Task: Counting by ones

  1. Starting at number 1 and up to number 20, ask students to place an item into a basket as each number is said.
  2. The whole class can do this together or students can take turns to say the next number.
  3. At different points ask the class, 'How many things are there in the basket now?' Ask students to show their appropriate number card.
  4. Count backwards from a nominated starting number.
  5. Combine the above variations, getting students to remove items from the basket as they count backwards.


Image: AEF

Activity 3: Skip counting

In this activity students will practise multiplication and skip counting using number cards using number grids 1–100 and 0–99.

Task 1: Patterns

  1. To see the patterns emerging, nominate one or more students to use the number grids, such as either the 1–100 number grid or the 0–99 number grid, as shown. Use these with counters or an interactive white board to record the patterns as the numbers are said.
    • 8, 11, 14, 17, 20, 23, …
    • 13, 15, 17, 19, 21, 23, …

Task 2: Skip Counting

  1. Using number cards for 1 to 20 made from a 1–100 number grid, nominate a student to select two cards and show them to the class.
  2. The first number selected indicates the number to start counting from. The second card provides the multiple for counting on. For example, first card: 7, second card: 2.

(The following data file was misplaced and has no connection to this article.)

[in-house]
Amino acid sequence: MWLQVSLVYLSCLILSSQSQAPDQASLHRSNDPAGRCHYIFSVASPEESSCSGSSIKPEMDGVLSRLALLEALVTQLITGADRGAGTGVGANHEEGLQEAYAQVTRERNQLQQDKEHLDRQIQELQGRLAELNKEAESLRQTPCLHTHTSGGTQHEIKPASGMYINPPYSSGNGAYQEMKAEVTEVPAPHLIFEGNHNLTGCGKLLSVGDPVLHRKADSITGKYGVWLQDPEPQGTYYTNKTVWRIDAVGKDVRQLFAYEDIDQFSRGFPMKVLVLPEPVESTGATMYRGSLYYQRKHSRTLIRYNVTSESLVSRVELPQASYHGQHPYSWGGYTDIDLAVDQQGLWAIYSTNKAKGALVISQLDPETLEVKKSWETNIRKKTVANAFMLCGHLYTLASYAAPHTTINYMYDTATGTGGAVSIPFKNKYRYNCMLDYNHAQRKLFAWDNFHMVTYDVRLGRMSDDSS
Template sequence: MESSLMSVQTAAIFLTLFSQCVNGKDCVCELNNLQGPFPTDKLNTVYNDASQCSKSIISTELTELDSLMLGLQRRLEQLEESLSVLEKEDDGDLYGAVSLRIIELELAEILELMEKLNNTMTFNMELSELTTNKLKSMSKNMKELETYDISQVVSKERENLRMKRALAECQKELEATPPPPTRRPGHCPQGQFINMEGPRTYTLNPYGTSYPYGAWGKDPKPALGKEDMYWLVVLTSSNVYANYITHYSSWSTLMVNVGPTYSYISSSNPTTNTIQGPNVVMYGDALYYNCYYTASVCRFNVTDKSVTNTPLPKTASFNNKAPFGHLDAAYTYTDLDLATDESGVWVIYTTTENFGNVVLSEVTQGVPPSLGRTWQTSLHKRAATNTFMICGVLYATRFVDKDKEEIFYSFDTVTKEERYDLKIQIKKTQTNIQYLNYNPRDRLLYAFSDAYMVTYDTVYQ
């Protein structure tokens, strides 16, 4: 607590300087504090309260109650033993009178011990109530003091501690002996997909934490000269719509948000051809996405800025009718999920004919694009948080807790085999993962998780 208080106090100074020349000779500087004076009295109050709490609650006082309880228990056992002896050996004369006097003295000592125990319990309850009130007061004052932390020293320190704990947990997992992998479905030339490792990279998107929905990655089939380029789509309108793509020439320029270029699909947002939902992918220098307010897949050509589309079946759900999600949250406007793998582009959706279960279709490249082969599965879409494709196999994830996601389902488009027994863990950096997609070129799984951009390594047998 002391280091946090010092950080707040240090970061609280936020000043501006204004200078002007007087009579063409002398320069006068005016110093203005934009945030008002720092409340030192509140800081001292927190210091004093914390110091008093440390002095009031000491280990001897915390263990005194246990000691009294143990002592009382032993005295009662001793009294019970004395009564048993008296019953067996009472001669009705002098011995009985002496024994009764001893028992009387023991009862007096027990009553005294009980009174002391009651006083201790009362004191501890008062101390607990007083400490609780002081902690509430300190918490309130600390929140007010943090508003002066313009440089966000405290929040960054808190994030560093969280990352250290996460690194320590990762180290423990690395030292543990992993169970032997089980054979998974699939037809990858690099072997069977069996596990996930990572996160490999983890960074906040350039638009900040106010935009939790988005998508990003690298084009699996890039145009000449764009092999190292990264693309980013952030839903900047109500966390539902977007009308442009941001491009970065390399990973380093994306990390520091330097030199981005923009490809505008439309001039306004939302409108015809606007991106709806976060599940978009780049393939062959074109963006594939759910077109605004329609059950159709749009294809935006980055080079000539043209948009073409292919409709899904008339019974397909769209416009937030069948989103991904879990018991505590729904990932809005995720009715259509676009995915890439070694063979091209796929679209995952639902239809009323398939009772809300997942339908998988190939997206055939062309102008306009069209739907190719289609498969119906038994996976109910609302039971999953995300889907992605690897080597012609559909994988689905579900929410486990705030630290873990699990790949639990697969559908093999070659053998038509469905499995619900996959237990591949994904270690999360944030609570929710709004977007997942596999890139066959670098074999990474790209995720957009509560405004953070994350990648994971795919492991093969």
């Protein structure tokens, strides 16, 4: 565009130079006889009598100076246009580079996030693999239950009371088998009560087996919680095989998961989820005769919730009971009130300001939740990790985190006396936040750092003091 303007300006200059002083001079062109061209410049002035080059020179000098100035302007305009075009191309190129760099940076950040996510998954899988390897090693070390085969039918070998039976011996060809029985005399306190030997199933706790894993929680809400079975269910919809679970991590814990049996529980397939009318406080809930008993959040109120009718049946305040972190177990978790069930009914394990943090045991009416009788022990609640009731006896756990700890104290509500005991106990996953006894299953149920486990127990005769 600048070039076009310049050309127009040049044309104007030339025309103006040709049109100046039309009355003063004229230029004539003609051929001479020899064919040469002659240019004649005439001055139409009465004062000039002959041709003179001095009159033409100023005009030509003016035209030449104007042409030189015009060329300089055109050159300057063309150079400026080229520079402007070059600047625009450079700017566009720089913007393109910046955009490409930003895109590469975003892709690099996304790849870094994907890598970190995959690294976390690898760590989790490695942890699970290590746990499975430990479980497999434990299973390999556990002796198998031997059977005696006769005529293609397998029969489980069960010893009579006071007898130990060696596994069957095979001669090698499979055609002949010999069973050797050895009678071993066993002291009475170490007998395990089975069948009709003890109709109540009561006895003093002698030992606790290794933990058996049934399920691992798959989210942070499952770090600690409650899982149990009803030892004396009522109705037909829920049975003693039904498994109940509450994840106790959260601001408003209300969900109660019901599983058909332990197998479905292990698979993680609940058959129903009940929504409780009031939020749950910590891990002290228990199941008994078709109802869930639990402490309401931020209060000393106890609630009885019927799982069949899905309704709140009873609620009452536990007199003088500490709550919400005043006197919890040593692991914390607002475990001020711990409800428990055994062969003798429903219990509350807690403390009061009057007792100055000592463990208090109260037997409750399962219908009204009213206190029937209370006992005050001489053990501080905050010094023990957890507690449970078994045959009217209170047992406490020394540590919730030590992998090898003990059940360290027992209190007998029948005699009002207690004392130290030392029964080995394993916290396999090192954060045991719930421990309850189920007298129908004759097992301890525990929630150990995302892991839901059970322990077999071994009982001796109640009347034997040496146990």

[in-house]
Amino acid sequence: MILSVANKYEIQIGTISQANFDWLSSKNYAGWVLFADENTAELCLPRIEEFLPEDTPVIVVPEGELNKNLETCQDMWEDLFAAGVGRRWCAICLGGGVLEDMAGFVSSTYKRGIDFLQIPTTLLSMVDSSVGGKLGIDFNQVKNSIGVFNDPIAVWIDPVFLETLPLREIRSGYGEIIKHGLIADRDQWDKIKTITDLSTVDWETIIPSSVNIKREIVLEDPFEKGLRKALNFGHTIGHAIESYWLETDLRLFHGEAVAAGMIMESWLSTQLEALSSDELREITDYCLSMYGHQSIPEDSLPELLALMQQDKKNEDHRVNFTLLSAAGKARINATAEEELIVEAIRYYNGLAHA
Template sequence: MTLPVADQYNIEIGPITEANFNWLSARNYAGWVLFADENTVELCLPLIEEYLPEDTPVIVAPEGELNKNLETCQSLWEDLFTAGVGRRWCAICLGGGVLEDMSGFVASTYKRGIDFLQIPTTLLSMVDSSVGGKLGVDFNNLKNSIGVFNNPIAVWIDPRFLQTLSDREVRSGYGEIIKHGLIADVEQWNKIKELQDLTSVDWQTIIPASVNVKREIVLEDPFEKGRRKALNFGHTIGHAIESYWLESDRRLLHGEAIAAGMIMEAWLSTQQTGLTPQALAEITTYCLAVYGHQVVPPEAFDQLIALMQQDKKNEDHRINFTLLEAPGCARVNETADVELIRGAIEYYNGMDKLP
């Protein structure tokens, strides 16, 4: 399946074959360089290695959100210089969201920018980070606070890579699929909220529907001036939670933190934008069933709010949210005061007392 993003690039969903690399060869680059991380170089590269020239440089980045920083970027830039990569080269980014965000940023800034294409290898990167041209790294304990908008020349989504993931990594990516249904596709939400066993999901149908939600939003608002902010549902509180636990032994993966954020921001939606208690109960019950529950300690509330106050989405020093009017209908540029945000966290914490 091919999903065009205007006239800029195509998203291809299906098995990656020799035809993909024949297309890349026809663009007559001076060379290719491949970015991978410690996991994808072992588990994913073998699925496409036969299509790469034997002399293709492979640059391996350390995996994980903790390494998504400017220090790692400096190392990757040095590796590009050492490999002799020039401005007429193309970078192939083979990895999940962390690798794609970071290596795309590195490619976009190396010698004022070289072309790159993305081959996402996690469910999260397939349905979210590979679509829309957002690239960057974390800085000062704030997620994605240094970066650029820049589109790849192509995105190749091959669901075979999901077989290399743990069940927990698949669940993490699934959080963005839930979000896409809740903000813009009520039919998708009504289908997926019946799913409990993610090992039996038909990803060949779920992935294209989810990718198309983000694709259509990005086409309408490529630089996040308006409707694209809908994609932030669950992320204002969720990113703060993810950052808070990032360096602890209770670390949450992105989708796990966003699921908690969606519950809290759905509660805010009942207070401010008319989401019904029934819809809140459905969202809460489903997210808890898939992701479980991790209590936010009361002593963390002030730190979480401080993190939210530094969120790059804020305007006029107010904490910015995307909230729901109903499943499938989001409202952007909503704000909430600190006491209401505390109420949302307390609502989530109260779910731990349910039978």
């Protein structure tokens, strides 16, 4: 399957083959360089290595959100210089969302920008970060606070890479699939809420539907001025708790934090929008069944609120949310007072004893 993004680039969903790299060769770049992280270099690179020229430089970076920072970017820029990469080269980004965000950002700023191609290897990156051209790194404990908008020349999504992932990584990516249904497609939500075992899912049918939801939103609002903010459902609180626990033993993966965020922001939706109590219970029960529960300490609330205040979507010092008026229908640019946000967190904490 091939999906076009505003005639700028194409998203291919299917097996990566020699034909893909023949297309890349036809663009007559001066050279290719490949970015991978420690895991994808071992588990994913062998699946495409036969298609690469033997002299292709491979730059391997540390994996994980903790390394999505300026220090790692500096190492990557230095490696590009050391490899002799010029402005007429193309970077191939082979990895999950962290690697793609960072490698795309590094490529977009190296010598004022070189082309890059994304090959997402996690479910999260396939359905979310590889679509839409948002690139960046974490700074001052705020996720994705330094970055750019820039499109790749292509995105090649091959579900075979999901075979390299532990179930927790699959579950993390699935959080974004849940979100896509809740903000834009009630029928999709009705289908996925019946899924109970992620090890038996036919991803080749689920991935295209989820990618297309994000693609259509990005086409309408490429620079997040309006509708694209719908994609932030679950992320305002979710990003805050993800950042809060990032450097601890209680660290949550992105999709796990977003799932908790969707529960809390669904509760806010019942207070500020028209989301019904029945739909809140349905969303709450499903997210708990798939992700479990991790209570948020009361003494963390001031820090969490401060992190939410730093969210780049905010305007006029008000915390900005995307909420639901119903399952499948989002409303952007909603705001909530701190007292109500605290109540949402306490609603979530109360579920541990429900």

3. Students place counters on the appropriate numbers on their grids.
  4. Attention can be drawn to the patterns that emerge depending on the starting number and the multiple. For example: starting at 7 and counting by twos gives all odd numbers, but starting at 8 and counting by twos gives all even numbers.
  5. Compare the numbers generated by starting at 7 and counting by twos or counting by threes (all odd, mixture of odd and even).
  6. Compare the numbers generated by starting at 7 and 8 and counting by threes.
  7. Identify the number patterns in skip counting from other specific starting numbers; for example, skip counting on from 13 by twos.
  8. Predict what patterns to expect with a particular starting number and skip counting number.


Images: AEF

Activity 4: Counting frames, abacus and number boards

In this activity, students use a variety of counting aids in the classroom, including some from Asia. They will take turns to use the materials and record the patterns.

Task 1: Number grids

  1. Ask students to place counters in straight line patterns on the numbers on a 1 to 100 number grid or a 0 to 99 number grid.
  2. Alternatively, use numbers displayed on an interactive white board or digital projector.
  3. Ask students to write down the numbers (or select appropriate number cards).
  4. Ask students to describe the patterns; for example, adding 5 (0, 5, 10, 15 ...), multiples of 3 (3, 6, 9, 12 ...).